Examining Students’ Online Course Perceptions and Comparing Student Performance Outcomes in Online and Face-to-Face Classrooms

Dan Spencer, Traci Temple


Through the use of existing grade and student survey data, this study investigated online courses offered at a public four-year university. Specifically, the study explored differences in student success rates between online and face-to-face courses for traditional undergraduate students as well as the climate of student perceptions towards online courses. Our general results suggest that students performed better in, and had higher levels of preference toward, traditional face-to-face formats. However, overall perceptions of online courses were positive, with students viewing instructional technologies as reliable and easy to use, as well as reporting that online technologies facilitated prompt feedback, enhanced their problem-solving skills, and met their learning needs. Alongside this, students exhibited positive views towards their instructors’ skill level and use of technology to support academic success. Logistic regression analyses of differences in student success across instructional formats revealed interaction effects with variables of age (nontraditional/traditional), aid status and whether or not courses were taken to fulfill general education or major requirements, suggesting a more complex effect of instructional format across student subpopulations. The variability in the results observed in the current study warrant further exploration before definitive conclusions on the impact of instructional format on student outcomes and perceptions can be made.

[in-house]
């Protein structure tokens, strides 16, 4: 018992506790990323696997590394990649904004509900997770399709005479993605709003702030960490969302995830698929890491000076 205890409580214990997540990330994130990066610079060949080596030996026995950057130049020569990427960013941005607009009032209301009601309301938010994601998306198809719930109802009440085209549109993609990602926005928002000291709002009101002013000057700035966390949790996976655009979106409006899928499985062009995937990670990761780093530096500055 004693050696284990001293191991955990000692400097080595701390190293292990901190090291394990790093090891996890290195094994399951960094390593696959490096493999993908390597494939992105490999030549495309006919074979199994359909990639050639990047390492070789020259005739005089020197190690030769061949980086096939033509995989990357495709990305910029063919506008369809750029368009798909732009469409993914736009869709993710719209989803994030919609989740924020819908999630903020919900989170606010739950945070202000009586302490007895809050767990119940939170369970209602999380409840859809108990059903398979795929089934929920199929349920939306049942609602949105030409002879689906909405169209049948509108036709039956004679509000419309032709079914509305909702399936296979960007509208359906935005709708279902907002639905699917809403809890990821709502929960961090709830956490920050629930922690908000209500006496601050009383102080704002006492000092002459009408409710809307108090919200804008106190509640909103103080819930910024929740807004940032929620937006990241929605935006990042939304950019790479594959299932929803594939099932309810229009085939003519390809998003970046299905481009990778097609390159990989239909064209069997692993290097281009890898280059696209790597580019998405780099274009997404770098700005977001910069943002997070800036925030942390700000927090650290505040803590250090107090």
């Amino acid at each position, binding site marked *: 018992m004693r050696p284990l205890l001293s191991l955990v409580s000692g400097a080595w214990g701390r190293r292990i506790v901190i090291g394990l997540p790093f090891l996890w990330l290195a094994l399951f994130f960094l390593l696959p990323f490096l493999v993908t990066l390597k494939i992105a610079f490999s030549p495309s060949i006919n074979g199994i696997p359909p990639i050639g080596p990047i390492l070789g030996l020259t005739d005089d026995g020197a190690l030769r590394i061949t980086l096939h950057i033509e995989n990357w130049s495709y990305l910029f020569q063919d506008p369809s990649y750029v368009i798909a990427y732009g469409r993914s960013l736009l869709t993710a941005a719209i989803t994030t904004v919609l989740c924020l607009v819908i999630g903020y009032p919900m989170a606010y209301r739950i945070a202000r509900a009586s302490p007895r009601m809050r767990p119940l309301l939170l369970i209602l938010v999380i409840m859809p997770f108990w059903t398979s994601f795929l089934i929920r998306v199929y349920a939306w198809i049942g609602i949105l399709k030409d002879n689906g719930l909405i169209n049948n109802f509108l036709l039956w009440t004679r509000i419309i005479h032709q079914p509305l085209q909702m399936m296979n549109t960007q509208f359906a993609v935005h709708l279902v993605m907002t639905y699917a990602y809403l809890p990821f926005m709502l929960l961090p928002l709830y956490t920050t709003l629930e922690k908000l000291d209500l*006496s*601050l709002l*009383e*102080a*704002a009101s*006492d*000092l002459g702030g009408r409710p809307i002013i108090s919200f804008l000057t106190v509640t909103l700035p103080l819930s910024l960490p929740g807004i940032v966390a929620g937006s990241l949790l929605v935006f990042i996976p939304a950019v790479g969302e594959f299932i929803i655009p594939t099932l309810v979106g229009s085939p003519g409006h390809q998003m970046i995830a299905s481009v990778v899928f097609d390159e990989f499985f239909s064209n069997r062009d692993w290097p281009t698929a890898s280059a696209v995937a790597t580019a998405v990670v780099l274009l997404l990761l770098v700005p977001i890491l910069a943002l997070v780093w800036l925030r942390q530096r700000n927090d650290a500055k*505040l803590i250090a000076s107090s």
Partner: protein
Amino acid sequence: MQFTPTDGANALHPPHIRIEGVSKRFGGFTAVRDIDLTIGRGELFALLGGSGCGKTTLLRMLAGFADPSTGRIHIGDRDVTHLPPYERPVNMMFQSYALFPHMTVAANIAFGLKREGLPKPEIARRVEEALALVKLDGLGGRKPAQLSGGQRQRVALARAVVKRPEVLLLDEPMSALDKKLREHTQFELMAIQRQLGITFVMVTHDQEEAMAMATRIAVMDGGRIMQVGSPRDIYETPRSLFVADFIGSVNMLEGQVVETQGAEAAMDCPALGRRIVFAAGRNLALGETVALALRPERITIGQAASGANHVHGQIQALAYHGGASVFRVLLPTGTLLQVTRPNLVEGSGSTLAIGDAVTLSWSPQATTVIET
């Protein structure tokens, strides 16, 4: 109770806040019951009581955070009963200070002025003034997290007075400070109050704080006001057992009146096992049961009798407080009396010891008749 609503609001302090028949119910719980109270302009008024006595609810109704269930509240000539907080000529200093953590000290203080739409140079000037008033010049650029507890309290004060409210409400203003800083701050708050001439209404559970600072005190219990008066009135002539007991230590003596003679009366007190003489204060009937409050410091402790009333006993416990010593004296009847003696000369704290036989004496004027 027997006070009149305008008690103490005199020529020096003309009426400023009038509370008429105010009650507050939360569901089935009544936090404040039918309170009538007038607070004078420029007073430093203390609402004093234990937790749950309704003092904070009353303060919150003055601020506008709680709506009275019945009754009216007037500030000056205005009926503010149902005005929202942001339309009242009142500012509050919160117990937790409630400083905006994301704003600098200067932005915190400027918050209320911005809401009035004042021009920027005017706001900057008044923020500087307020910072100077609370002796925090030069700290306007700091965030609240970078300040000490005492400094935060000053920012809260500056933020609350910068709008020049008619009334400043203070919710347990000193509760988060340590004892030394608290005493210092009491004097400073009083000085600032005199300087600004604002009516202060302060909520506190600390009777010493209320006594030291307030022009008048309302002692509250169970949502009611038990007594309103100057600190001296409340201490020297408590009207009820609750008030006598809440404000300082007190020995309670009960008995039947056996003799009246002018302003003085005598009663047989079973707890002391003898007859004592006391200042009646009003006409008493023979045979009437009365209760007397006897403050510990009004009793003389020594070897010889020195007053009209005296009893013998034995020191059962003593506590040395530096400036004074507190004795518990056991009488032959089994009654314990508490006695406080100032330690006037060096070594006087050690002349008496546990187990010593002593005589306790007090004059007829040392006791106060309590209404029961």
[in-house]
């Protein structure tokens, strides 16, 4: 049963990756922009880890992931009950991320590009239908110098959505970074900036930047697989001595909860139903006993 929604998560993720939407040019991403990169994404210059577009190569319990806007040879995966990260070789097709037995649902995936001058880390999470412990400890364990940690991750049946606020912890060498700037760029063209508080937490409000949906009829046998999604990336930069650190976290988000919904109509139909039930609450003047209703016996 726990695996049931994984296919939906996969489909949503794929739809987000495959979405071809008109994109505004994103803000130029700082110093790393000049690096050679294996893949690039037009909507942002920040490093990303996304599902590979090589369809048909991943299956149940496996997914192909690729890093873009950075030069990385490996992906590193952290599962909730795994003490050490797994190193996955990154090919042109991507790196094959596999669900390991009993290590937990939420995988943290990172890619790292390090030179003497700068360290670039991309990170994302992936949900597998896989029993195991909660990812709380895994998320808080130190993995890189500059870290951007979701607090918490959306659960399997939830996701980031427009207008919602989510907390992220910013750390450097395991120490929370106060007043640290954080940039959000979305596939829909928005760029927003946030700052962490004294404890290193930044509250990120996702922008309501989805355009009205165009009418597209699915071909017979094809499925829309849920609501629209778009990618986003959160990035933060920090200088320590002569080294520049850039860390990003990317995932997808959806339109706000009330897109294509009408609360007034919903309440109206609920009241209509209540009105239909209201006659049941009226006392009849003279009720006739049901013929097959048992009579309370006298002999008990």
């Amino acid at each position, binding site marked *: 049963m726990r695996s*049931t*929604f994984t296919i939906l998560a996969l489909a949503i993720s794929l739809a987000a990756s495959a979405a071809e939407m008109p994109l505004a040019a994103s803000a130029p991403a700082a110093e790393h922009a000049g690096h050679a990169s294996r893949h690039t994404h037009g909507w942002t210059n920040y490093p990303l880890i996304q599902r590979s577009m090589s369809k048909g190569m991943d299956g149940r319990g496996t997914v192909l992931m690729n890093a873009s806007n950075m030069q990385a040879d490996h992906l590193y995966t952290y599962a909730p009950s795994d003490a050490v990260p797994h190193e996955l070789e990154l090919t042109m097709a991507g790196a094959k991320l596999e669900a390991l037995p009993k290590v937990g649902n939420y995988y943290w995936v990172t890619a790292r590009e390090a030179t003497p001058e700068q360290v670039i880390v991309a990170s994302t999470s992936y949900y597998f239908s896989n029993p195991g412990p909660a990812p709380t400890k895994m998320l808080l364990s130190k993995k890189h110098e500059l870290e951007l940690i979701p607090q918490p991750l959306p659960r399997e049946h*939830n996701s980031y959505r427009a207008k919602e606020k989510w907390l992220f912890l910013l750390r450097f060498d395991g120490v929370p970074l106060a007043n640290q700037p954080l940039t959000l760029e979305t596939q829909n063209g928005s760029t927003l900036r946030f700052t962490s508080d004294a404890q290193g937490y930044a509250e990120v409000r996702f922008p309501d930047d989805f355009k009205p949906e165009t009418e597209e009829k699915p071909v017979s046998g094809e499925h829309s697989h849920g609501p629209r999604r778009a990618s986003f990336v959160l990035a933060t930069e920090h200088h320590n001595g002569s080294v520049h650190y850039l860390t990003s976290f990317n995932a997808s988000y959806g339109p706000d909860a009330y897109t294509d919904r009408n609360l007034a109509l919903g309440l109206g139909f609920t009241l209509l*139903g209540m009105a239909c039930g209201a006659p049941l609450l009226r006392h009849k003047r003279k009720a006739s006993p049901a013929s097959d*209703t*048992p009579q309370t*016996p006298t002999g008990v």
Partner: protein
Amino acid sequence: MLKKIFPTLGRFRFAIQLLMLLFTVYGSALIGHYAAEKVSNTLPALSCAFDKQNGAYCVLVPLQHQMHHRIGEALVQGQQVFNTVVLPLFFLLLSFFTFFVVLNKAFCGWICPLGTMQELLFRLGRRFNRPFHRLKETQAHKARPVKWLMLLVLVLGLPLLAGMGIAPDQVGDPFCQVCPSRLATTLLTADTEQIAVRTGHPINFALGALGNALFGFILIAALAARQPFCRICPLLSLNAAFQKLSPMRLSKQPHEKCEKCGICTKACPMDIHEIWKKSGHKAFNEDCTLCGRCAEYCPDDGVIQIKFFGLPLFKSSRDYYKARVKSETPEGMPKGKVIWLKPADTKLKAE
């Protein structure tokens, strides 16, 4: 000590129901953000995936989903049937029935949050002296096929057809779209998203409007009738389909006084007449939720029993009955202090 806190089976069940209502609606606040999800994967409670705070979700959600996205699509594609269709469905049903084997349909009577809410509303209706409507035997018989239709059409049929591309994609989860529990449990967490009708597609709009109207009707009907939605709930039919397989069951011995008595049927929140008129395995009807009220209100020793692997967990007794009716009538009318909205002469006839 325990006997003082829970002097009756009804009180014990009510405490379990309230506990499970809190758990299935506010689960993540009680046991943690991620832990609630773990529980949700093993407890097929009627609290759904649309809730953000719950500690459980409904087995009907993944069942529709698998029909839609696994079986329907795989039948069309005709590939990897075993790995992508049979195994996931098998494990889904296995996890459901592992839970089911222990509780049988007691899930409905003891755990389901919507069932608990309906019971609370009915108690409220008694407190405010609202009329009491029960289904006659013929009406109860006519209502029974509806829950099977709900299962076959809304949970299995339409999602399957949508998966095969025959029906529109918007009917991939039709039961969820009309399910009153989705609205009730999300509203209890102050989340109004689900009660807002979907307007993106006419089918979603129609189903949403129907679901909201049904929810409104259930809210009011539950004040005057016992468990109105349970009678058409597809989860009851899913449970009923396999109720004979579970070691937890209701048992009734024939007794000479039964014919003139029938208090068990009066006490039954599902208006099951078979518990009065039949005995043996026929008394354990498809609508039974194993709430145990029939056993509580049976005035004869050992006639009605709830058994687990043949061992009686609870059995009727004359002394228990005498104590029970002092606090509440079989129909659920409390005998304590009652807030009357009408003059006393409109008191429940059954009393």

instructional format, student outcomes, student perceptions

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DOI: http://dx.doi.org/10.24059/olj.v25i2.2227

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